1. Introduction to Chemistry
2. The Periodic Table
3. Quantum Numbers
4. Electron Configuration
5. Chemical Families
6. Oxidation Numbers
7. Chemical Formulas
8. Chemical Names
9. Formula Mass
10. Percentage Composition
11. Reaction Types
12. Balancing Equations
13. The Mole Concept
14. Solution Concentration
16. Kinetic Theory
17. The Gas Laws
18. Enthalpy & Heat
19. Reaction Rates
20. Acids & Bases
21. pH Scale
23. Net Ionic Equations
24. Redox Reactions
25. Organic Chemistry
26. Nuclear Chemistry
23. Net Ionic Equations
Net ionic equations attempt to show only the particles involved in a chemical reaction.
A balanced equation in "molecular" form:
2 AgNO3(aq) + ZnCl2(aq) → 2 AgCl(cr) + Zn(NO3)2(aq)
The "net ionic" form of the same equation:
Ag +(aq) + Cl−(aq) → AgCl(cr)
To write net ionic equation, you must first decide - are substances written as molecules or ions?
Molecules or Ions? Seven rules to help decide:
1. Binary acids:
- Strong acids are written in ionic form.
Examples: HCl, HBr, HI
- Weak acids are written in molecular form.
Examples: All other binary acids.
2. Ternary acids:
- Strong ternary acids are written as ions: the number of oxygen atoms exceeds the number of hydrogen atoms by two or more.
Examples: H2SO4, HNO3
- Weak ternary acids are written as molecules.
Examples: H3PO4, HNO2
3. Polyprotic acids:
- Those acids have more than one ionizable hydrogen.
- The second and all other ionizations are always weak.
Examples: H2SO4 is written in ionic form according to Rule #2.
One H is removed leaving HSO4−.
Rule #3 assures us that this particle will not ionize farther.
- Hydroxides of groups 1 and 2, except Be, are strong bases and are written in ionic form.
- All others are weak and written in molecular form.
- Salts are written in molecular form if insoluble.
- Salts are written in ionic form if soluble.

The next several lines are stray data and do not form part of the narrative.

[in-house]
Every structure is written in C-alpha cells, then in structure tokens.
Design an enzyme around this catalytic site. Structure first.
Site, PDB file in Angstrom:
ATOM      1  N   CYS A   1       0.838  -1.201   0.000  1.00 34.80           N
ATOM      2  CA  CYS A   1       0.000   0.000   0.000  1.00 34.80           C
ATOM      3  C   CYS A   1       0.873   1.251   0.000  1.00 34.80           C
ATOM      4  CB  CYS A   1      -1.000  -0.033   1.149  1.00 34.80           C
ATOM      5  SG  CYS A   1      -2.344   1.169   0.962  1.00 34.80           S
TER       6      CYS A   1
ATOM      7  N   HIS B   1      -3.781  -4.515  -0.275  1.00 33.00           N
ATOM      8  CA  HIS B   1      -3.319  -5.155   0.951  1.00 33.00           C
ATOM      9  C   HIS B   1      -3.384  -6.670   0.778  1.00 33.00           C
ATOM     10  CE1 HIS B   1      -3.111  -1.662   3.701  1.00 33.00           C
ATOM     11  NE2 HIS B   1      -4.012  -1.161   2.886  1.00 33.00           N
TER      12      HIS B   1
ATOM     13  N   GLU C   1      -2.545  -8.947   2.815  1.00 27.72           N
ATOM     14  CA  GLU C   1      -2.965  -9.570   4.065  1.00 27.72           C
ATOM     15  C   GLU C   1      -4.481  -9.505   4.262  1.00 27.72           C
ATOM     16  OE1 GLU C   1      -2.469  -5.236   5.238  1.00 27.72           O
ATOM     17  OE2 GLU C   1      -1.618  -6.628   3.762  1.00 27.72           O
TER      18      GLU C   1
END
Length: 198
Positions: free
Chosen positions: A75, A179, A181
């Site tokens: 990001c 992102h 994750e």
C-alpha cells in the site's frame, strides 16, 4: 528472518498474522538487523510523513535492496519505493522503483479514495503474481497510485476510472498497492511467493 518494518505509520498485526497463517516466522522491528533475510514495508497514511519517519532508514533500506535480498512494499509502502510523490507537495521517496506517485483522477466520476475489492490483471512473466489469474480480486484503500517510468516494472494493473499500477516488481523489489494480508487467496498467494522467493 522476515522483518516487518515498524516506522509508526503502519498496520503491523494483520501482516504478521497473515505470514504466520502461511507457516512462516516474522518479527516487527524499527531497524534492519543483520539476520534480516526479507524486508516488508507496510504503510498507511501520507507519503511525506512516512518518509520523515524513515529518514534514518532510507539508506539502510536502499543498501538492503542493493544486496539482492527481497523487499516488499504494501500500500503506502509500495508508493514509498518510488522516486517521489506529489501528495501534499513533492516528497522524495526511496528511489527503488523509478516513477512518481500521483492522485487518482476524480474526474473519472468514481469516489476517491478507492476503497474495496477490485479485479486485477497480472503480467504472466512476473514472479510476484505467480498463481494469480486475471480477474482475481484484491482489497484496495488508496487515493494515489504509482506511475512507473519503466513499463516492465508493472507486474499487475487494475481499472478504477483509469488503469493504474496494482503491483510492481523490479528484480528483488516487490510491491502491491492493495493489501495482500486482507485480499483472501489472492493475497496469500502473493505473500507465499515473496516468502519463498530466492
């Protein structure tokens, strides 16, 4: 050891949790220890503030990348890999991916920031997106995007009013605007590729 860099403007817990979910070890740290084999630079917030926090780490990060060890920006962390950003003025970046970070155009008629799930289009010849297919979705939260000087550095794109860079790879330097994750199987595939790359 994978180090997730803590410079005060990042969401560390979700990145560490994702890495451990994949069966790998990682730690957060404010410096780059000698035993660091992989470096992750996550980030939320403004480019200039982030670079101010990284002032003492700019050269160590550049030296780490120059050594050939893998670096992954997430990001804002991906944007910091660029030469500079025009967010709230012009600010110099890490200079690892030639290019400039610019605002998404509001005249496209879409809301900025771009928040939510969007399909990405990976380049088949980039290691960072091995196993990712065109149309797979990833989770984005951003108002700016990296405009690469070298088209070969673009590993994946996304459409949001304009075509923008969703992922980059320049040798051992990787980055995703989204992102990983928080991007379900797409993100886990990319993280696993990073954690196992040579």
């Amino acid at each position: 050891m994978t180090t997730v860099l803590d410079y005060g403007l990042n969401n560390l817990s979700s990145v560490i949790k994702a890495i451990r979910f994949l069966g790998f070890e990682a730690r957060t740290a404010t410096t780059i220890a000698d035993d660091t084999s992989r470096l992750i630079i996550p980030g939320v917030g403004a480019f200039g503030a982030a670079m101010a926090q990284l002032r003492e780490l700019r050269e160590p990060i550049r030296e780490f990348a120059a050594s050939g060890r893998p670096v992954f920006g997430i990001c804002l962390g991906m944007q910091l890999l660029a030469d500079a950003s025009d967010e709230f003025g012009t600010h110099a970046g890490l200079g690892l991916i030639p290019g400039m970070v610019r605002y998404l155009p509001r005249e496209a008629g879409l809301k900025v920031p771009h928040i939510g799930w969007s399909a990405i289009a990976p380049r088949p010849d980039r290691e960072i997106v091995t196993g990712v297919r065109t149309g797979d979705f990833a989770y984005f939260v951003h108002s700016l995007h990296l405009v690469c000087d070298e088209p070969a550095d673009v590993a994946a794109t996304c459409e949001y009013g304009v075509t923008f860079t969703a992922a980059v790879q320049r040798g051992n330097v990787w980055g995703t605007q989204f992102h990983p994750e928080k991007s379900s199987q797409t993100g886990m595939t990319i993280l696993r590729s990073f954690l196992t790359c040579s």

Salt Solubility Rules:
- Salts of group 1 and ammonium (NH4+) are soluble.
- Acetates and nitrates are soluble.
- Binary compounds of group 17, except F, are soluble with metals, except Ag, Hg+, and Pb.
- All sulfates are soluble, except those of Ba, Sr, Pb, Ca, Ag, and Hg+.
- Except for those in Rule 1, carbonates, hydroxides, oxides, sulfides, and phosphates are insoluble.
- Oxides are always written in molecular form.
- Gases are always written in molecular form.
Physical state symbols in an equation can help some with these rules.
For the molecular equation:
H2PO4 (aq) + MnCO3 (s) → Mg3(PO4)2 (cr) + CO2 (g) + H2O (l)
(aq) shows H2PO4 is dissolved in water.
- (s) shows MnCO3 is a solid - insoluble in aqueous solution.
- (cr) shows Mg3(PO4)2 is in crystal form - insoluble in aqueous solution.
- (g) shows CO2 is a gas.
- (l) shows H2O is a liquid.
The net ionic equation is:
H +(aq) + HPO4−(aq) + MnCO3 (s) → Mg3(PO4)2 (cr) + CO2 (g) + H2O (l)
Net Ionic Equations #1
Spectator ions are ions that appear on both sides of the equation.
Steps used to write net ionic equations:
- They are assumed to take no part in the reaction, and are canceled in the process of writing net ionic equations.
- A proper net ionic equation has NO spectator ions in it.
1. Using the 7 rules, write each substance as molecules or ions.
2. Cancel ions that are exactly the same on both sides of the equation.
These ions would cancel: Cu+ → Cu+
3. You must cancel the same number on both sides of the equation.
These ions would not cancel: Cu+ → Cu+2
Before canceling the spectator ions: 4 Fe+2 → 6 Fe+2
4. Cancel any other particles found on both sides of the equation.
After canceling the spectator ions: no iron ions → 2 Fe+2
5. Rewrite the equations in net ionic form.
6. If all coefficients are divisible by a common number, reduced them.
Sample Net Ionic Equation Problem:
Write this molecular equation in net ionic form.
2 AgNO3(aq) + H2SO4(aq) → Ag2SO4(Cr) + 2 HNO3(aq)
See the detailed solution to the problem.
Net Ionic Equations #2
Plating Copper With Zinc
Net Ionic Equations